Cassini Encounters Enceladus: Background and the Discovery of a South Polar Hot Spot

@article{Spencer2006CassiniEE,
  title={Cassini Encounters Enceladus: Background and the Discovery of a South Polar Hot Spot},
  author={John R. Spencer and John Christopher Pearl and Marcia Segura and F. Michael Flasar and Andrei Mamoutkine and Paul N. Romani and Bonnie J. Buratti and Amanda R. Hendrix and Linda J. Spilker and R. M. C. Lopes},
  journal={Science},
  year={2006},
  volume={311},
  pages={1401 - 1405}
}
The Cassini spacecraft completed three close flybys of Saturn's enigmatic moon Enceladus between February and July 2005. On the third and closest flyby, on 14 July 2005, multiple Cassini instruments detected evidence for ongoing endogenic activity in a region centered on Enceladus' south pole. The polar region is the source of a plume of gas and dust, which probably emanates from prominent warm troughs seen on the surface. Cassini's Composite Infrared Spectrometer (CIRS) detected 3 to 7…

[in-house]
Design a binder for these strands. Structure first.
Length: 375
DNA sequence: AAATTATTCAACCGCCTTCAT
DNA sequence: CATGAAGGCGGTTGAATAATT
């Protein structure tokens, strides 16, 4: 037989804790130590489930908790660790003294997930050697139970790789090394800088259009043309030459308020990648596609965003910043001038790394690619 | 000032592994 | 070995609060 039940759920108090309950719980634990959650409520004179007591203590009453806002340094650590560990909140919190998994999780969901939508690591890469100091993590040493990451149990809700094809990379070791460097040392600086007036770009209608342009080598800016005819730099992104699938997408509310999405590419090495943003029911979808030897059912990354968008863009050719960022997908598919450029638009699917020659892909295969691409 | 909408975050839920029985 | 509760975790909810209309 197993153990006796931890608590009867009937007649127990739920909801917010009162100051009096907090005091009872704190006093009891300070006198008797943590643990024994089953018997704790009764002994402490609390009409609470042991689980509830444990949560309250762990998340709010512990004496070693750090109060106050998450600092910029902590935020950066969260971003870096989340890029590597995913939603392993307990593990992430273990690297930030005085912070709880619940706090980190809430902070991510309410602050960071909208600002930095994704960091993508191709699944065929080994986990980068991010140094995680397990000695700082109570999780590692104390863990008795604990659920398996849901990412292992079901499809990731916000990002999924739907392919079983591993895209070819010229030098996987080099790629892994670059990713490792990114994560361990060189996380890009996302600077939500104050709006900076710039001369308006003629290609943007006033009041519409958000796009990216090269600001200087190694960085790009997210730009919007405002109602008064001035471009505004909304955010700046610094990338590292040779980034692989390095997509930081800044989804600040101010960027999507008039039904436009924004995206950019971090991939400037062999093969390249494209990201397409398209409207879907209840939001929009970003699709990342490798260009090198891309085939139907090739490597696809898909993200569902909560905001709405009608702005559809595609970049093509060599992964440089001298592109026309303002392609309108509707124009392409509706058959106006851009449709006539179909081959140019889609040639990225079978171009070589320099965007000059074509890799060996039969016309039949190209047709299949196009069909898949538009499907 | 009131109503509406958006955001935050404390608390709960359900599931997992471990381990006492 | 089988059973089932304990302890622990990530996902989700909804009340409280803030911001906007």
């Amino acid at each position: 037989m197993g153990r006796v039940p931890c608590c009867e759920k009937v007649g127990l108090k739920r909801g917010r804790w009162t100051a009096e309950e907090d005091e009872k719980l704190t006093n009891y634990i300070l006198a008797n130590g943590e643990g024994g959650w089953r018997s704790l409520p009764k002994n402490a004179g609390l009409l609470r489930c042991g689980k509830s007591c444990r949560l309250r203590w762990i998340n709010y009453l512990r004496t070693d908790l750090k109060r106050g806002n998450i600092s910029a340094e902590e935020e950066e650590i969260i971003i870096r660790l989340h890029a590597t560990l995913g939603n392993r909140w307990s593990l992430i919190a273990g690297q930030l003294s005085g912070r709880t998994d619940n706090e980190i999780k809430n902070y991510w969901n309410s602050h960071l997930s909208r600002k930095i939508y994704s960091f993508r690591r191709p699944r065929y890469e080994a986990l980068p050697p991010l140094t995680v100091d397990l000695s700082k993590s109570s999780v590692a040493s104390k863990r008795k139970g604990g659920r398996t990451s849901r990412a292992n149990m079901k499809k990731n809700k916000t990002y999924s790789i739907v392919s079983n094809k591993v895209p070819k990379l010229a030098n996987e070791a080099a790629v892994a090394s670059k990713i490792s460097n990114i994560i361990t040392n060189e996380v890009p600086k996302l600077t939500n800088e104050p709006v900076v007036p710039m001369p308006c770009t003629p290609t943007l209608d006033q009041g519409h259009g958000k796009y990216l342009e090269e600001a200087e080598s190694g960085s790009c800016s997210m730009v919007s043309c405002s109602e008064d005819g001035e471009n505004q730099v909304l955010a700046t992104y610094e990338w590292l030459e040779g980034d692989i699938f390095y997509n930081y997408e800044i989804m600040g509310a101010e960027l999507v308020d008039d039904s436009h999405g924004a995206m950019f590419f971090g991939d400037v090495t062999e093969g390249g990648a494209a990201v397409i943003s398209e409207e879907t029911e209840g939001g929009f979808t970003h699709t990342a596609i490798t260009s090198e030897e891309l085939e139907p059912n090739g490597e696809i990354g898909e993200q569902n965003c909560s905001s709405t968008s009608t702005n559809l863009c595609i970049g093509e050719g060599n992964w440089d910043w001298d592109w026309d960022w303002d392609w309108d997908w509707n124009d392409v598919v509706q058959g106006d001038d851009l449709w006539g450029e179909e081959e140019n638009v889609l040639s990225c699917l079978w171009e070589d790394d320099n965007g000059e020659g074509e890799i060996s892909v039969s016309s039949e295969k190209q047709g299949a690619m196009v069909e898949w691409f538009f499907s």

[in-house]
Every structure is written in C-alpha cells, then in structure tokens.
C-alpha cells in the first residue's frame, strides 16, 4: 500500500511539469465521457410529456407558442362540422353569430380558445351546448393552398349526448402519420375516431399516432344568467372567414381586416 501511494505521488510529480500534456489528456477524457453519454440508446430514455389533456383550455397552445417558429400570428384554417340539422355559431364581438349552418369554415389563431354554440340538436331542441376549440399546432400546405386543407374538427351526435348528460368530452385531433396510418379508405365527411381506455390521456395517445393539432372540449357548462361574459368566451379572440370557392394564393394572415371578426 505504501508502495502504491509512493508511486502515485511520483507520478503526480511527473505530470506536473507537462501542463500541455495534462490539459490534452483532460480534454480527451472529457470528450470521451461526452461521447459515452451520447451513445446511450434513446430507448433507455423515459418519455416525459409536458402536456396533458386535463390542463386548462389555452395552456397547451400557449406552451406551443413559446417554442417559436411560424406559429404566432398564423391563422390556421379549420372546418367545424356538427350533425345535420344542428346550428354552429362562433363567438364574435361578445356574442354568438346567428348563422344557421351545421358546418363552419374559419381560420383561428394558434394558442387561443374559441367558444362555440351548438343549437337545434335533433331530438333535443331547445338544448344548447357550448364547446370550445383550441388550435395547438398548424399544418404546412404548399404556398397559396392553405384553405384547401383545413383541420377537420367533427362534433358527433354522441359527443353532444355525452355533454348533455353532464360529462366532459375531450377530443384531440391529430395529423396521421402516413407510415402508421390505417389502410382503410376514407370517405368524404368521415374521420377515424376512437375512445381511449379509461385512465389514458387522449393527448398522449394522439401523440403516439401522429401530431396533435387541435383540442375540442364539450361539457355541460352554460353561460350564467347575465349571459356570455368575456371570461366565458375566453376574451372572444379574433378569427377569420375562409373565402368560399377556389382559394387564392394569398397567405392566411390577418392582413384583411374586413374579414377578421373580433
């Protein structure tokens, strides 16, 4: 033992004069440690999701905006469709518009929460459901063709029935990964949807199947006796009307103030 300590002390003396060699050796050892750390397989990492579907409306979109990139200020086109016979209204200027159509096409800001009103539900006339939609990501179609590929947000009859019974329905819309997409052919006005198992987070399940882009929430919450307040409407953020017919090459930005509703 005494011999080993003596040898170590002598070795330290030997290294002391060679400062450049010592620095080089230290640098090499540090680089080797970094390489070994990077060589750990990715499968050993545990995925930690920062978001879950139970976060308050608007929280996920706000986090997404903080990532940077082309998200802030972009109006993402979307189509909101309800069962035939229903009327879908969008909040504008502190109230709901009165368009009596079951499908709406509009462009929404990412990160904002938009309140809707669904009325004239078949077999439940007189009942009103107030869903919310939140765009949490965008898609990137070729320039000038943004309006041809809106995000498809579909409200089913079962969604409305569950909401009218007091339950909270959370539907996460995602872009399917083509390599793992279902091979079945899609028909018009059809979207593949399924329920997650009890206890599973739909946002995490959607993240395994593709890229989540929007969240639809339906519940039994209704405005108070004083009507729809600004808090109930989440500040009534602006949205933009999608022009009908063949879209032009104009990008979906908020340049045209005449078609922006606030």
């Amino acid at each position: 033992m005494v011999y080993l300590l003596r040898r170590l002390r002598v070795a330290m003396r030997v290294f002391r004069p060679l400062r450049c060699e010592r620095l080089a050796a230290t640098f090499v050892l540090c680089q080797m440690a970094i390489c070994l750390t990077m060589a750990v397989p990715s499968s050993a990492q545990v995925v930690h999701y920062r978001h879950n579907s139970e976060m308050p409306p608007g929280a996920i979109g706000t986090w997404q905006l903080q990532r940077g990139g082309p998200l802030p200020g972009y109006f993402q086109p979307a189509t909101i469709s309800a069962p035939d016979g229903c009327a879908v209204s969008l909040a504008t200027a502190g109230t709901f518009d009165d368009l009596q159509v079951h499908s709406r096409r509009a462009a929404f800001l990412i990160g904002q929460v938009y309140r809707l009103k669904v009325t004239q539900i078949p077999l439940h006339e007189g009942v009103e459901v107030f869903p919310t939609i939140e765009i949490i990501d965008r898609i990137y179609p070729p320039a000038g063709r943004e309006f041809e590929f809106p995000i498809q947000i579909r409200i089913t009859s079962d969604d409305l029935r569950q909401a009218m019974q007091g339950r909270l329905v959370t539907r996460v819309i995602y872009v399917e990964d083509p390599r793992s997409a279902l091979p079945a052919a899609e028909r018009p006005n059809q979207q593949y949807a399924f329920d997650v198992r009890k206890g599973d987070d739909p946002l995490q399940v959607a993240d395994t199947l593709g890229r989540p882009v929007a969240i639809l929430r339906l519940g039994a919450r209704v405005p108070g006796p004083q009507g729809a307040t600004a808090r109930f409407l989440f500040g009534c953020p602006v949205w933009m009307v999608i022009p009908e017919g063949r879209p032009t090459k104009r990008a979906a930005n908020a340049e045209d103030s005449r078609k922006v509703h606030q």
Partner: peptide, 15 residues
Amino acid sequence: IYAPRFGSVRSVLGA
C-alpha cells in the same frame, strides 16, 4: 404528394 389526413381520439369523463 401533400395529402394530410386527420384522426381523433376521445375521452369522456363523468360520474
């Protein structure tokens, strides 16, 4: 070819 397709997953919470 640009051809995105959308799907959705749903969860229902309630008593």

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Cassini Observes the Active South Pole of Enceladus
TLDR
The shape of Enceladus suggests a possible intense heating epoch in the past by capture into a 1:4 secondary spin/orbit resonance.
Cassini Dust Measurements at Enceladus and Implications for the Origin of the E Ring
TLDR
During Cassini's close flyby of Enceladus on 14 July 2005, the High Rate Detector of the Cosmic Dust Analyzer registered micron-sized dust particles enveloping this satellite; this asymmetric signature is consistent with a locally enhanced dust production in the south polar region of Encesladus.
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TLDR
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TLDR
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TLDR
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